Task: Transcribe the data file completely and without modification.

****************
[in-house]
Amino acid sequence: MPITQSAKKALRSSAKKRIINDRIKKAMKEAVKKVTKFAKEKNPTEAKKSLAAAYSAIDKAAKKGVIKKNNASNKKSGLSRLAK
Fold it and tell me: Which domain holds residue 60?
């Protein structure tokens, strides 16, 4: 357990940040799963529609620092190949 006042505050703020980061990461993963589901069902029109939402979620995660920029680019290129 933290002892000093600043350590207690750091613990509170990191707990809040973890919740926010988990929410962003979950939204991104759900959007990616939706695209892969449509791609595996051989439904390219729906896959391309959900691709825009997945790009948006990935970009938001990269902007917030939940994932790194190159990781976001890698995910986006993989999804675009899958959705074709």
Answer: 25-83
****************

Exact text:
[in-house]
Amino acid sequence: MPITQSAKKALRSSAKKRIINDRIKKAMKEAVKKVTKFAKEKNPTEAKKSLAAAYSAIDKAAKKGVIKKNNASNKKSGLSRLAK
Fold it and tell me: Which domain holds residue 60?
């Protein structure tokens, strides 16, 4: 357990940040799963529609620092190949 006042505050703020980061990461993963589901069902029109939402979620995660920029680019290129 933290002892000093600043350590207690750091613990509170990191707990809040973890919740926010988990929410962003979950939204991104759900959007990616939706695209892969449509791609595996051989439904390219729906896959391309959900691709825009997945790009948006990935970009938001990269902007917030939940994932790194190159990781976001890698995910986006993989999804675009899958959705074709």
Answer: 25-83